Opinion: The eyes of history are on us, so let’s get to work

Jacob Wasserman headshot 2.0
Courtesy of Unlimited Exposure Photography and Video.
Wasserman is a junior political science student at the university and the president of the College Democrats of Delaware.

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Columnist

For the last year and a half, I have been proud to serve as the president of the College Democrats of Delaware, and of the university chapter. At the conclusion of the semester, I will be stepping down from my position to serve Delaware on Capitol Hill with Rep. Lisa Blunt Rochester, but in the midst of such a historically significant time in our nation’s politics, I wanted to share what I believe is the most crucial thing that I have learned: now is the time for all of us to get involved in politics, because you can make a substantial difference in the lives of so many people.

That is especially true here in Delaware, and is only amplified here at this university. We are very lucky on this campus to have things like the Biden Institute, the Center for Political Communication and the folks working at both of them that bring in national political figures, former White House employees and industry leaders to campus for the sole purpose of making them available to students looking to learn.

We at College Democrats have been fortunate to hold events with every single statewide elected official in Delaware, including the federal ones. They all have been so nice and helpful, and all of them were there out of a desire to learn from us and to try to get us involved. The opportunities to meet powerful people are there if you put in the effort into taking advantage of them.

Unfortunately, however, our greatest problems at this time are originating from the federal level. Just to name a few, we have a president challenging the law on a daily basis and exclusively operating only in his own self-interest, people living their lives in constant fear of gun violence, a climate crisis threatening the planet and debilitating healthcare costs forcing people into crippling debt to stay healthy. In order to address every one of those issues, it is us young voters who need to take action, and there is no time like the present to do that.

Simply, elections have consequences, and as we head further into the 2020 election cycle, there are plenty to choose from.

Just in Delaware, incumbents Gov. John Carney, Sen. Chris Coons and Rep. Blunt Rochester are all seeking reelection to their respective offices, and there are plenty of state-level races to look at that can genuinely have a major, direct impact on the daily lives of every Delawarean. Among those that are priorities are Kyle Evans Gay, who is looking to flip Senate District 5, Stephanie Barry, who is looking to flip Representative District 21, and Sarah McBride who is looking to replace longtime Democratic Sen. Harris McDowell in Senate District 1. McBride is already a national trailblazer in her own right given her work fighting for equal rights for the LGBTQ+ community. There are also various contested Democratic primary elections on every level that may be of interest to you.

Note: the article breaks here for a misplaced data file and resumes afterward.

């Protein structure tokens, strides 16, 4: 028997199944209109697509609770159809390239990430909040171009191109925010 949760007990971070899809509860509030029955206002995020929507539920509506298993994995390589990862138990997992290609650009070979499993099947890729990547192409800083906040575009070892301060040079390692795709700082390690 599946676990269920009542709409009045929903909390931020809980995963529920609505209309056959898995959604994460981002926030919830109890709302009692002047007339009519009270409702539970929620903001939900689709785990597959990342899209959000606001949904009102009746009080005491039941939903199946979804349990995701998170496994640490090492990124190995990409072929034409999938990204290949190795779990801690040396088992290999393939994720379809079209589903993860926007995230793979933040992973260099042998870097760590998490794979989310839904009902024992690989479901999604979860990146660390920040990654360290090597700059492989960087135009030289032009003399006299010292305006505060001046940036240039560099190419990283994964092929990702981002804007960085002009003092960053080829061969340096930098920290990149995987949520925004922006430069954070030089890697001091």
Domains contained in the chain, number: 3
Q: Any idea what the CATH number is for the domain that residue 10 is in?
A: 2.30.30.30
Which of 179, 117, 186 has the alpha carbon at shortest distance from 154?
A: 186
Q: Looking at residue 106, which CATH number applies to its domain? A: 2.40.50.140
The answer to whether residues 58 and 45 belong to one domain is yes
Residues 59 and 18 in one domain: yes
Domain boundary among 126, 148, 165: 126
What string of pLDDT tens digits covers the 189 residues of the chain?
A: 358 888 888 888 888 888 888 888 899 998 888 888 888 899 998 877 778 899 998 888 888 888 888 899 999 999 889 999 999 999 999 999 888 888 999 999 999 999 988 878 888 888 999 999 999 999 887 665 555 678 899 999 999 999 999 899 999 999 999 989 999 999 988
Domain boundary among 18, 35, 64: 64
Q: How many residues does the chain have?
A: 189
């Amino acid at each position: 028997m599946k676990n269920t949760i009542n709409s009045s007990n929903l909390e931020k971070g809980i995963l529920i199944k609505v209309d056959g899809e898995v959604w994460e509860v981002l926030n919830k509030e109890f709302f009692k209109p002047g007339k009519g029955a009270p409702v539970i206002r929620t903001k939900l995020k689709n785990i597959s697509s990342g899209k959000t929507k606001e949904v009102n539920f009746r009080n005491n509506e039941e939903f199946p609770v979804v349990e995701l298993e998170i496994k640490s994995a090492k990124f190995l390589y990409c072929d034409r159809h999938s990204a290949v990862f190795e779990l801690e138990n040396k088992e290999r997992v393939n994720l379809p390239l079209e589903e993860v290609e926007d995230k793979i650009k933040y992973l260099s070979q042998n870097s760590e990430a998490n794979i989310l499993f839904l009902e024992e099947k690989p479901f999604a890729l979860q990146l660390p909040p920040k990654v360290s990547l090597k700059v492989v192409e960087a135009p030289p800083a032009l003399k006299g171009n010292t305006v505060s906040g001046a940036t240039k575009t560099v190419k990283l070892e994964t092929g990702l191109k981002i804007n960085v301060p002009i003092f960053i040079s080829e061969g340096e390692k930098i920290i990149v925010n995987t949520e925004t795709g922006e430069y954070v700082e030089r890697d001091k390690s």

Of course, there is also the presidential election. Every campaign offers the ability to volunteer remotely. Whether it is making phone calls or knocking on people’s doors, the opportunities are there, and I am sure each campaign would be happy to have you help. On the other hand, we are lucky to be right next to one of the most crucial general election battleground states: Pennsylvania. When the time comes, there will be ample opportunities to get involved in the fight against President Donald Trump there, in person.

Politics has the ability to affect every facet of our lives, and I can guarantee that there is at least one change in policy that we all want to see. There is no better person than you to put in the work to make sure that change actually takes place. We are very lucky to be in such a small state as Delaware, because it is so much easier to get involved in the political process and to interact with those in positions of power here than it would be in a bigger state.

In the very recent past, we have seen several youth-led movements, especially regarding the issues of gun violence with March for Our Lives and climate change with the Global Climate Strike. Even if the necessary change doesn’t come in one fell swoop, what better way is there to spend your time than working to make a difference? If we put in the work, it will indeed come in due time.

“Change will not come if we wait for some other person or if we wait for some other time,” President Barack Obama famously said in 2008. “We are the ones we’ve been waiting for. We are the change that we seek.”

Jacob Wasserman is a junior political science student at the university. He is the president of the College Democrats of Delaware, and a contributor to The Review. His opinions are his own and do not reflect the views of the majority of The Review’s staff. He can be reached at jacobwas@udel.edu.

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